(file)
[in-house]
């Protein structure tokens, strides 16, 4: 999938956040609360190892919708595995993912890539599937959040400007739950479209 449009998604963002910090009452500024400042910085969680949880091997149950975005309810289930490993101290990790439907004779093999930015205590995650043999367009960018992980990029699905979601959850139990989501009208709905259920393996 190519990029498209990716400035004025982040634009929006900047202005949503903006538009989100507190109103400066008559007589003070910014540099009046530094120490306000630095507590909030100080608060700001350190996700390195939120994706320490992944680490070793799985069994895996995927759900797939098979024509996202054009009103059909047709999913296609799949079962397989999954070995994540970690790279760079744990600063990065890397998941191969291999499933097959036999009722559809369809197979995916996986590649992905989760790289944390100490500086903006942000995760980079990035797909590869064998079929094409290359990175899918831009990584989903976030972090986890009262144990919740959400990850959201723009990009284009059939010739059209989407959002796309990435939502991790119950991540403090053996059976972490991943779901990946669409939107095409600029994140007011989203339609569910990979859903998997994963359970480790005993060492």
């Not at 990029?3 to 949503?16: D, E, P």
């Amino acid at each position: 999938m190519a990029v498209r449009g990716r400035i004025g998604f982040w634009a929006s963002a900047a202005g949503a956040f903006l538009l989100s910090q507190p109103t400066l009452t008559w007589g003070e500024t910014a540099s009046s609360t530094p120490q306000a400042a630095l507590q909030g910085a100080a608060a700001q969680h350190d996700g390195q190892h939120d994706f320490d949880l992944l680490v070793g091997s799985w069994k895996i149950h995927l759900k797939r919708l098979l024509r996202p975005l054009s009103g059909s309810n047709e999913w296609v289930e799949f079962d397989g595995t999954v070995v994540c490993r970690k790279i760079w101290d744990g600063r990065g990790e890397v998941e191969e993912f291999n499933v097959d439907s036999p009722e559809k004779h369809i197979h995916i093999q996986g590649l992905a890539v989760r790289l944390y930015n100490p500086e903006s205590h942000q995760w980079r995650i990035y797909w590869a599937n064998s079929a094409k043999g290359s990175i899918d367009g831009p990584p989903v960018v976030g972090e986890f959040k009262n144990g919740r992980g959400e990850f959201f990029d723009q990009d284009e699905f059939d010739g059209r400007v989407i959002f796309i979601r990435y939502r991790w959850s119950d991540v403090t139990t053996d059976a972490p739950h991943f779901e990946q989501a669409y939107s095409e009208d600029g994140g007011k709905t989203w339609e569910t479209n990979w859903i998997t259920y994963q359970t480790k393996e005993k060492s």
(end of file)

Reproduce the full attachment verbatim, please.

[in-house]
């Protein structure tokens, strides 16, 4: 999938956040609360190892919708595995993912890539599937959040400007739950479209 449009998604963002910090009452500024400042910085969680949880091997149950975005309810289930490993101290990790439907004779093999930015205590995650043999367009960018992980990029699905979601959850139990989501009208709905259920393996 190519990029498209990716400035004025982040634009929006900047202005949503903006538009989100507190109103400066008559007589003070910014540099009046530094120490306000630095507590909030100080608060700001350190996700390195939120994706320490992944680490070793799985069994895996995927759900797939098979024509996202054009009103059909047709999913296609799949079962397989999954070995994540970690790279760079744990600063990065890397998941191969291999499933097959036999009722559809369809197979995916996986590649992905989760790289944390100490500086903006942000995760980079990035797909590869064998079929094409290359990175899918831009990584989903976030972090986890009262144990919740959400990850959201723009990009284009059939010739059209989407959002796309990435939502991790119950991540403090053996059976972490991943779901990946669409939107095409600029994140007011989203339609569910990979859903998997994963359970480790005993060492």
């Not at 990029?3 to 949503?16: D, E, P």
């Amino acid at each position: 999938m190519a990029v498209r449009g990716r400035i004025g998604f982040w634009a929006s963002a900047a202005g949503a956040f903006l538009l989100s910090q507190p109103t400066l009452t008559w007589g003070e500024t910014a540099s009046s609360t530094p120490q306000a400042a630095l507590q909030g910085a100080a608060a700001q969680h350190d996700g390195q190892h939120d994706f320490d949880l992944l680490v070793g091997s799985w069994k895996i149950h995927l759900k797939r919708l098979l024509r996202p975005l054009s009103g059909s309810n047709e999913w296609v289930e799949f079962d397989g595995t999954v070995v994540c490993r970690k790279i760079w101290d744990g600063r990065g990790e890397v998941e191969e993912f291999n499933v097959d439907s036999p009722e559809k004779h369809i197979h995916i093999q996986g590649l992905a890539v989760r790289l944390y930015n100490p500086e903006s205590h942000q995760w980079r995650i990035y797909w590869a599937n064998s079929a094409k043999g290359s990175i899918d367009g831009p990584p989903v960018v976030g972090e986890f959040k009262n144990g919740r992980g959400e990850f959201f990029d723009q990009d284009e699905f059939d010739g059209r400007v989407i959002f796309i979601r990435y939502r991790w959850s119950d991540v403090t139990t053996d059976a972490p739950h991943f779901e990946q989501a669409y939107s095409e009208d600029g994140g007011k709905t989203w339609e569910t479209n990979w859903i998997t259920y994963q359970t480790k393996e005993k060492s």